May contain traces of scepticism…

All is well!? © Charles Thibo

Shostakovich, the master of irony. Shostakovich, the pawn. Shostakovich, the genius. Shostakovich, the believer. Shostakovich, the patriot. A man with multiple facets. A man who continues to fascinate me. During the summer of 1964 he wrote his String Quartet No. 10 in A flat major, Op. 118. It reflects many of Shostakovich’s facets. His tenderness, his love for beautiful melodies, his penchant for the grotesque, the tension that dominated his life and permeates every piece he wrote. The question of life and death of an artist in the Soviet Union that in some way or other haunted him for as long as he lived.

The quartet is written in four movements and I very much like the third movement, the adagio, and the neat transition to the finale. Shostakovich dedicated the piece to Mieczyslaw Vainberg, “with whom he was engaged in a playful competition”, as the Shostakovich biographer Laurel E. Fay writes. Apparently Shostakovich intended to overtake Vainberg’s record of nine quartets.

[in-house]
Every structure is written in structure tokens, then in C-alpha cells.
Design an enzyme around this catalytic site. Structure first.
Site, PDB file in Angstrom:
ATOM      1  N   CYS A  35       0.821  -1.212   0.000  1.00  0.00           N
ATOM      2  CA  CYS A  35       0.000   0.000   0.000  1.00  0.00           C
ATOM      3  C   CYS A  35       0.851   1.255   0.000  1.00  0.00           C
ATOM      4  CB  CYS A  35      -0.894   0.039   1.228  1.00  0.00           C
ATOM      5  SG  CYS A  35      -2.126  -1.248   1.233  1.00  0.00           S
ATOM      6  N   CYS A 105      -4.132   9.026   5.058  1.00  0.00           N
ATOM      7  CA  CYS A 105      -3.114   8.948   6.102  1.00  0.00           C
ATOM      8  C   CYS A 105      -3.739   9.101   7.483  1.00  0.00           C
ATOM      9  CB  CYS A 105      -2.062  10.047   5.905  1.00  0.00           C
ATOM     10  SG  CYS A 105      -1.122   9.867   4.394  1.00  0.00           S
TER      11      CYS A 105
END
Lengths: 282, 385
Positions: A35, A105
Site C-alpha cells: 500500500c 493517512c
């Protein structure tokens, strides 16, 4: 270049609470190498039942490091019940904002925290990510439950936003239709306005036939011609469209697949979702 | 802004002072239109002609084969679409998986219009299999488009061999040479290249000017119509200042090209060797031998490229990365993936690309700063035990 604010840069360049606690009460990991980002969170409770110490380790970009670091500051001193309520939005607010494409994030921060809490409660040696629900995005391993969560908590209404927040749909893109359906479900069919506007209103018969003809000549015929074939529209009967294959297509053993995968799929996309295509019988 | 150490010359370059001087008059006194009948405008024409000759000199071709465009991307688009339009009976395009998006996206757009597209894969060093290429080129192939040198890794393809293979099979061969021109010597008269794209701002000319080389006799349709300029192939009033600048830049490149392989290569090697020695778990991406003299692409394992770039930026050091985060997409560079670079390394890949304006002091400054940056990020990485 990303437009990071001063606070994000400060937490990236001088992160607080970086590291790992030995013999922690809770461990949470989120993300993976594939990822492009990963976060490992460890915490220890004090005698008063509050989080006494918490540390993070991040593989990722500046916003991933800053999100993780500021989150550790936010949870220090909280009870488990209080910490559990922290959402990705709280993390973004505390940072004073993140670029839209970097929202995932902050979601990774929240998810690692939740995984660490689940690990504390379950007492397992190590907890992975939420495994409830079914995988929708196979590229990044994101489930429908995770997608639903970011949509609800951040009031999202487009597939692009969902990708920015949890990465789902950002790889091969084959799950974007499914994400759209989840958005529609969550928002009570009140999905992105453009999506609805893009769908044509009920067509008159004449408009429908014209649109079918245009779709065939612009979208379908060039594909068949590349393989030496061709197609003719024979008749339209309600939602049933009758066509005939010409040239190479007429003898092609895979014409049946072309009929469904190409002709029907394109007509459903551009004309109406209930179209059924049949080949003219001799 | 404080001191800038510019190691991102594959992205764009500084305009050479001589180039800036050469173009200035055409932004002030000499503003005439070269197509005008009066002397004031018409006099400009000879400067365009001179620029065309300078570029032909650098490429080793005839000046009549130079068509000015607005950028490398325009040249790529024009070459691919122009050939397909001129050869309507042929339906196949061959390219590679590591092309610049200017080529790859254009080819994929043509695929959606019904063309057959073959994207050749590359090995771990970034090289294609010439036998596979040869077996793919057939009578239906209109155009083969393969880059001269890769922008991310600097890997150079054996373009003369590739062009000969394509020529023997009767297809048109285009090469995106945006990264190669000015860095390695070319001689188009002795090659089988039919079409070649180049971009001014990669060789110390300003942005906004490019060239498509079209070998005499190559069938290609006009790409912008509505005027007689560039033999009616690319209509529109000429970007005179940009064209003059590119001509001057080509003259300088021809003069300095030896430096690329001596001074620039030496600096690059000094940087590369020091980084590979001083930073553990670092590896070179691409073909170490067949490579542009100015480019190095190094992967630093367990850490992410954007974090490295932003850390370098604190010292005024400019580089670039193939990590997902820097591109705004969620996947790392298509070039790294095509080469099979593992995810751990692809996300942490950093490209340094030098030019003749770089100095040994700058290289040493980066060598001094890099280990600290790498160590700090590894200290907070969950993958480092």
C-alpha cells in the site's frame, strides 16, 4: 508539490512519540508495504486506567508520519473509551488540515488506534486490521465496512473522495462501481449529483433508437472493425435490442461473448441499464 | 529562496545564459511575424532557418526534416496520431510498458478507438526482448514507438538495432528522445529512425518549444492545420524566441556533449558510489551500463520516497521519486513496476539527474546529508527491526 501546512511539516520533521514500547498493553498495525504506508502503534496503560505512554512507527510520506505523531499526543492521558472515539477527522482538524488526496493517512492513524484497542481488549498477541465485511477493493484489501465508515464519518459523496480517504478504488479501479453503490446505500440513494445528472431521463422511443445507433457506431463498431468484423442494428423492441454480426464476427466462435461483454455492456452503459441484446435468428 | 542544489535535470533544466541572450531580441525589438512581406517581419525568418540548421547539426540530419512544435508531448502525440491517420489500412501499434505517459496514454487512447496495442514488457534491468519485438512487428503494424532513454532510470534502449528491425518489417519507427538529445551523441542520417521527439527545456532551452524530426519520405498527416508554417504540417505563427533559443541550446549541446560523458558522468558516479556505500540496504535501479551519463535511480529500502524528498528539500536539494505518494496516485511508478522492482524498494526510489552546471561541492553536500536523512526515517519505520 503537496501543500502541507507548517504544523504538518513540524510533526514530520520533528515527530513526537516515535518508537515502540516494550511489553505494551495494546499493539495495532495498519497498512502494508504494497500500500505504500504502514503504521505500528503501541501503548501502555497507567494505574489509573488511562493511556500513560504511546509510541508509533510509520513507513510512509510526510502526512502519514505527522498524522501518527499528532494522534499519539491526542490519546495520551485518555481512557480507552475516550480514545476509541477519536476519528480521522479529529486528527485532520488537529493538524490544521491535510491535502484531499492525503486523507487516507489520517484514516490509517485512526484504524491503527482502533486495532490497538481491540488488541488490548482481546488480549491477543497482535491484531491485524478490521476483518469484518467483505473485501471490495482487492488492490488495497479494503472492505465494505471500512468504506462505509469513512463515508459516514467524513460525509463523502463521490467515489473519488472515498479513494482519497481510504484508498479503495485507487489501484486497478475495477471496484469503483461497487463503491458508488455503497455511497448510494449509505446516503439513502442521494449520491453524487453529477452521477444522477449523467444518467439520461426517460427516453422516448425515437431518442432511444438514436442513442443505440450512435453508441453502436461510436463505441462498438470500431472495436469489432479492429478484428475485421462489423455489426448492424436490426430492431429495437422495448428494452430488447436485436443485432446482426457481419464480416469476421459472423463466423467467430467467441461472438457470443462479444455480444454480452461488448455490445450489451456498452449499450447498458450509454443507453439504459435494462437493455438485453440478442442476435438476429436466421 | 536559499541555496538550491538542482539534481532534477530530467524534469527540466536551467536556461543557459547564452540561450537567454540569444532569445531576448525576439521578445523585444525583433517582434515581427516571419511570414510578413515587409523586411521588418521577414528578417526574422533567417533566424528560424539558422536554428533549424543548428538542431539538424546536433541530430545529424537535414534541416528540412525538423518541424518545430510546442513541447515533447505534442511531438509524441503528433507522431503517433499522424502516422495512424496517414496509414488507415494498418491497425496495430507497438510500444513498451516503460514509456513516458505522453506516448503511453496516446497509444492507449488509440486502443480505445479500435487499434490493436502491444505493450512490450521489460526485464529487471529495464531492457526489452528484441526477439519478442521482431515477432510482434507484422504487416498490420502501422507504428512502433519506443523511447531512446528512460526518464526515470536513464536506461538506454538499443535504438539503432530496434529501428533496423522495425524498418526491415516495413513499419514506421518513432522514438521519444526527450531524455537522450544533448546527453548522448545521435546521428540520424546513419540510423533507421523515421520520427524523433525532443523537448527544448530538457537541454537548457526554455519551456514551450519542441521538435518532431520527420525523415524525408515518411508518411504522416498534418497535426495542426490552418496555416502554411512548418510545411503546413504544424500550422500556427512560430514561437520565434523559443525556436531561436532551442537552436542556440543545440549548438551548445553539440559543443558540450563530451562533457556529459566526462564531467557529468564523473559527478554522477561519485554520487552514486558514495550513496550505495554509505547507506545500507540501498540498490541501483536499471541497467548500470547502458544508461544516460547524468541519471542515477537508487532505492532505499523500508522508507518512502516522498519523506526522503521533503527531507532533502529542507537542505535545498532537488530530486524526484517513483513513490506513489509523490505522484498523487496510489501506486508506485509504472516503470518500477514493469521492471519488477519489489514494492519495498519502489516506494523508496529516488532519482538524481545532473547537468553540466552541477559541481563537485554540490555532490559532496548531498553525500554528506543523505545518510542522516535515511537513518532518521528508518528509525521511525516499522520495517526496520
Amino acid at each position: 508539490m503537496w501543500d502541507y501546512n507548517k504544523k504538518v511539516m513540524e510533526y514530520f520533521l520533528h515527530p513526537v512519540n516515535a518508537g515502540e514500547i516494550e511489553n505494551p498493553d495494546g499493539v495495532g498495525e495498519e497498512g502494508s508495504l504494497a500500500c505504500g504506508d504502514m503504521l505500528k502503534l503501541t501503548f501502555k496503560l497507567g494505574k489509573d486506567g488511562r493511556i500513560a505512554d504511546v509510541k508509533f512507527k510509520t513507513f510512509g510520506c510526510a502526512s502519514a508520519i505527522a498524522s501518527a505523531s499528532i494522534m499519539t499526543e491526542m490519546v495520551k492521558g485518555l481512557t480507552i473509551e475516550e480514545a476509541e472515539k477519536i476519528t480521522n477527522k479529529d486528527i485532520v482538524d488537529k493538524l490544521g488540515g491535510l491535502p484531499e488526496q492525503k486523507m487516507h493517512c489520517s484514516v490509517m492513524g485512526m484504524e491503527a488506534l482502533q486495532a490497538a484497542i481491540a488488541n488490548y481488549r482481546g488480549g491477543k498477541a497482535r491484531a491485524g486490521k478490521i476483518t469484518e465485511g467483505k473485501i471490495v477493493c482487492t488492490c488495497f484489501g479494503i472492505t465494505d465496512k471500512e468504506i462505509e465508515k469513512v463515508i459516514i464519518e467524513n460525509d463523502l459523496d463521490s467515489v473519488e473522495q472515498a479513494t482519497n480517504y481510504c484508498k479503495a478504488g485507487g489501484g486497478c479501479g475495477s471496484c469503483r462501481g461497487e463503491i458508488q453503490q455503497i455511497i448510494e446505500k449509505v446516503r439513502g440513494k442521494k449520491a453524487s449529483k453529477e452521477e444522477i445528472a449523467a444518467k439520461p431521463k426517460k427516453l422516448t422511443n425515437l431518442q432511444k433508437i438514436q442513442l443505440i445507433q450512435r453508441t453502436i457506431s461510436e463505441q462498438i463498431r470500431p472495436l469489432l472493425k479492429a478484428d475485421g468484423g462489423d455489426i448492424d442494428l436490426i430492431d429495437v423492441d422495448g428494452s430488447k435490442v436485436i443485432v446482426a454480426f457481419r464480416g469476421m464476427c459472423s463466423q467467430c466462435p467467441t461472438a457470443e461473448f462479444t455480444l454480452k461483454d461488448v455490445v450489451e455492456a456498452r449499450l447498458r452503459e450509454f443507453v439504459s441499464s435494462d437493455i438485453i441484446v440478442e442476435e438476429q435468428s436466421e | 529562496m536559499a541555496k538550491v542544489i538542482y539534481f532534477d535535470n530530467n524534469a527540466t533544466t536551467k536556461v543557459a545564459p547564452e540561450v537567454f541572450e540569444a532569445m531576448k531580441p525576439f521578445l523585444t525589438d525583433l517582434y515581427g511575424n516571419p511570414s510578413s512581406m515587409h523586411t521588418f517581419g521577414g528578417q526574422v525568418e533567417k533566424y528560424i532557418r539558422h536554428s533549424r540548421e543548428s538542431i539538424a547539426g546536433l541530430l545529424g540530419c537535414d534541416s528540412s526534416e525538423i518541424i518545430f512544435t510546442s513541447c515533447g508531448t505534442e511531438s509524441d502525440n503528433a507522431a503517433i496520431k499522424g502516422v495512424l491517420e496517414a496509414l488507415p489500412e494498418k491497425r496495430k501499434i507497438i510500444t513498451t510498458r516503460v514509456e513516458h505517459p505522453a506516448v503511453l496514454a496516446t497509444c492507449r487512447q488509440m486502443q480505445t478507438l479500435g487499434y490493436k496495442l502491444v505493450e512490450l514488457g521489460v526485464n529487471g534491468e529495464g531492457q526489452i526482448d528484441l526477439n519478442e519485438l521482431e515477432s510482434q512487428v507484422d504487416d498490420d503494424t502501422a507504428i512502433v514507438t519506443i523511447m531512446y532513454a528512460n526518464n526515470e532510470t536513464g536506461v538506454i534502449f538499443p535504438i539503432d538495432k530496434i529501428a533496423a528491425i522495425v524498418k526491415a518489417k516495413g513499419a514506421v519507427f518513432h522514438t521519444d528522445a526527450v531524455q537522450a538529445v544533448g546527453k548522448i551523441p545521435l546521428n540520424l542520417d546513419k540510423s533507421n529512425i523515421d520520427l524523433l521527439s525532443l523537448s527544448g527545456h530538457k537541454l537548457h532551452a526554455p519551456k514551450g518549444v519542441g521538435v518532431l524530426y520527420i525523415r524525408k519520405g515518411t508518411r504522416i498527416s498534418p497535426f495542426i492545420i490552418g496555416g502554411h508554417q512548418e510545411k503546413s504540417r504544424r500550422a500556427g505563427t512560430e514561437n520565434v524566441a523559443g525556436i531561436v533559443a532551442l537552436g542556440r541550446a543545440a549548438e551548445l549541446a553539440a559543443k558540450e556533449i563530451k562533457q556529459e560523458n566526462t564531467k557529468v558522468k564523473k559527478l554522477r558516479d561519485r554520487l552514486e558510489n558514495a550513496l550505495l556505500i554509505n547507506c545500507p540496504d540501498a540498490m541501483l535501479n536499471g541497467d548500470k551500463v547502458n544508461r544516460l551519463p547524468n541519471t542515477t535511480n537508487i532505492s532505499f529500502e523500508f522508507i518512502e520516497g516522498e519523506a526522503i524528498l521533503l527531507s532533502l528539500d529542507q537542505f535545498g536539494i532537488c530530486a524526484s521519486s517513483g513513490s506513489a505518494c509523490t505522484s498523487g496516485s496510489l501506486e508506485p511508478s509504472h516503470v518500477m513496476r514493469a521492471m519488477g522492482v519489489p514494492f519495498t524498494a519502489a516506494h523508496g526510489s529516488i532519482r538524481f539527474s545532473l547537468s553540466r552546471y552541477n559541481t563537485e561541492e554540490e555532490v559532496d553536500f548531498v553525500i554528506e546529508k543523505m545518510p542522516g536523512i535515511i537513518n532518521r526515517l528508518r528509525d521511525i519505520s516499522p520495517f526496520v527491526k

Vassily Shirinsky, first violinist of the Beethoven Quartet who performed the premier of the piece, wrote that it “is one of Shostakovich’s most joyous and optimistic works”. And indeed, the introduction sets an overall friendly atmosphere with just a hint of scepticism. Those were complicated times after all.

In 1962 the Cuban missile crisis had brought the world close to a nuclear war between the Soviet Union and the United States. In 1963, the Soviet Union joined the US and Great Britain in signing a treaty banning atmospheric nuclear tests, the American-Soviet hotline was set up to prevent another missile crisis. In 1964, when the quartet was written, Nikita Khrushchev was replaced at the head of the Communist Party by Leonid Brezhnev, less inclined to continue Khrushchev’s liberal policies. Hot, cold, hot – a difficult constellation.

Some of the tension that Shostakovich may have felt at the time becomes audible in the second movement, while the exceptional adagio consists of a passacaglia – eight variations and a coda on a repeated theme – based on the broad theme initiated by the cello in the first bars, a technique derived from Baroque composing principles. The finale starts on a theme derived from the beginning of the first movement, light, playful for the violin, solemn for the cello, then, unexpectedly, the passacaglia shows up again, and then one last surprise occurs, the themes of the first movement, before the music terminates in a whisper.

Shostakovich’s String Quartet No. 10 is available on a recording by the Emerson String Quartet.

© Charles Thibo

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de Chareli

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